Some universities in the Czech Republic also offer an elective CzSL course for their students (mostly Faculty of pedagogy).
Training of Sign Language teachers
There is no specific formal program for teaching sign language at university level in the Czech Republic.
However, the Institute of Deaf Studies, Faculty of Arts, Charles University, teaches the Linguistics of Sign Languages (primarily Czech Sign Language), and the training and education of the Deaf. So, deaf students may be seen as trained/qualified to teach CzSL.
Some organisations offer training for their teachers of CzSL. Over ten years ago, Pevnost organized several training courses for deaf teachers of CzSL. After passing the exam, the deaf teachers received only a certificate.
In 2012, the Institute of Deaf Studies provided a one-year training course for 11 deaf sign language users who wanted to become sign language teachers, in a Lifelong Learning Programme.
Curricula, learning materials, CEFR
Most organisations/individual teachers develop their own materials for teaching sign language. Unfortunately, there is no collaboration and exchange of materials.
There is no CEFR for Czech Sign Language therefore these materials are not adaption to the CEFR.
Number of Sign Language teachers
There is no official association of CzSL teachers which has some sort of registration. We estimate that the total number of CzSL teachers is between 40 to 60 people.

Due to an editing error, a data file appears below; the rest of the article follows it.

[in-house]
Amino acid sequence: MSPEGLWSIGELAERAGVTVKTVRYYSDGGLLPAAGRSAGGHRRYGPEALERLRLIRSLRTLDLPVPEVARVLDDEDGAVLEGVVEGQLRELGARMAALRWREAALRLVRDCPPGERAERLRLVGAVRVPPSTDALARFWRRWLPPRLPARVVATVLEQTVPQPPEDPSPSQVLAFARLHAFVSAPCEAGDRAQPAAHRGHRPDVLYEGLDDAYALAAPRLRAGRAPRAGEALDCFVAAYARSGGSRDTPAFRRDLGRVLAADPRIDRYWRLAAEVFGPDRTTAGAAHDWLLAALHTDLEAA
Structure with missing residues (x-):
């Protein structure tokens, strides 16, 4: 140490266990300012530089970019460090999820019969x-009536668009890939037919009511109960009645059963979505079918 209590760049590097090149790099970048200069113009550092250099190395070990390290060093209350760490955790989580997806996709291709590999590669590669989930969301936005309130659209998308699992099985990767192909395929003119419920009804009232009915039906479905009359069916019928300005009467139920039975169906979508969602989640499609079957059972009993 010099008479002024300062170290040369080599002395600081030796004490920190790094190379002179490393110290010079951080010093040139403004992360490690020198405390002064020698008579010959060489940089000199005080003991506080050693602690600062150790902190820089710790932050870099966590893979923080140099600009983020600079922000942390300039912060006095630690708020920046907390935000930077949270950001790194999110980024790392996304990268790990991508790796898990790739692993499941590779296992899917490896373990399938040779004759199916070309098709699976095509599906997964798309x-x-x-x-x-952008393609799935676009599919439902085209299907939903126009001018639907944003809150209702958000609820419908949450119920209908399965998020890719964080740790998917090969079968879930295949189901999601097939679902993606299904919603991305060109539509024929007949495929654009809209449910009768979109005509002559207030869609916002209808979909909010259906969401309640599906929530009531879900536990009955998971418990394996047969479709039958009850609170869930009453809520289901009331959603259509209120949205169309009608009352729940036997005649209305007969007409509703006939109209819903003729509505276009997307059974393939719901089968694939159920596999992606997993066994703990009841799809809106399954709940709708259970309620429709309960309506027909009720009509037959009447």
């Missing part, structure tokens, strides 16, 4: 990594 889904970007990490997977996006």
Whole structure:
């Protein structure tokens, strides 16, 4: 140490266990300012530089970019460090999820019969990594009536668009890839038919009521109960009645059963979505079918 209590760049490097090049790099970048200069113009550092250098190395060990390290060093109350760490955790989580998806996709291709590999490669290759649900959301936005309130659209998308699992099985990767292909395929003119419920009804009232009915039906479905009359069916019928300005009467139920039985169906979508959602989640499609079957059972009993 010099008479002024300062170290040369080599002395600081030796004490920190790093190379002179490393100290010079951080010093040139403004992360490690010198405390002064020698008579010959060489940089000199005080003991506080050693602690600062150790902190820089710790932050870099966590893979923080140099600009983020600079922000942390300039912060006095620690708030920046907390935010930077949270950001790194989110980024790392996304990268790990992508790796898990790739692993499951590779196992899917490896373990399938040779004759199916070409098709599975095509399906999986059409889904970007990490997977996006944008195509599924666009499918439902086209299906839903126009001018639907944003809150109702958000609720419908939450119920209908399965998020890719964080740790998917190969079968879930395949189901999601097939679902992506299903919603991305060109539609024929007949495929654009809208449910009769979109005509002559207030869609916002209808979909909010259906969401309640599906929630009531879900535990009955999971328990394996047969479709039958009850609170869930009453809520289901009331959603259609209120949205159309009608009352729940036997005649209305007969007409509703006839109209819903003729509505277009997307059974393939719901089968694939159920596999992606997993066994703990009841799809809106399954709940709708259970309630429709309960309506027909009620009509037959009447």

The first meeting of deaf teachers and CzSL teachers organized by Pevnost in 2016 was attended by only 42 CzSL teachers from across the Czech Republic (see photo).
However, there are more teachers who are employed by the schools for the Deaf, some by universities, some by organisations for the Deaf while others are self-employed.
At the second meeting of Deaf Teachers and Sign Language Teachers (April 2017) it was decided to establish an association; a working group was elected to realise this.
Sign Language Dictionaries
There are only two general sign language dictionaries in the Czech Republic. The first dictionary Slovník znakové řeči was published in 1988, in the former Czechoslovak Socialist Republic by Gabrielová, Paur and Zeman. It was known as the “blue book”. The second two dictionaries called Všeobecný slovník českého znakového jazyka A-N and Všeobecný slovník českého znakového jazyka O-Ž were published in 2002 by Potměšil.
Unfortunately, the Czech Sign Language dictionaries were not developed on the basis of a corpus of Czech Sign Language.
Sign language legislation
Act on 'Sign System' (Zákon o znakové řeči) was ratified on 11th of June 1998, after a lot of hard work. The act was approved as a symbolic recognition of the Czech Sign Language as the primary form of communication of the deaf in the Czech Republic.
However there was a problem with the old term “znaková řeč” (sometimes translated also as “Sign Speech” or “Sign System”), which includes both Czech Sign Language and Sign Supported Czech (Signed Czech).
The Act on the Communication Systems of Deaf and Deafblind persons (novela: Zákon o komunikačních systémech neslyšících a hluchoslepých osob) was adopted by Parliament (June 2008) and came into force in October 2008. The old term “znaková řeč” was removed. Czech Sign Language and communication systems based on the Czech language are now clearly distinguished.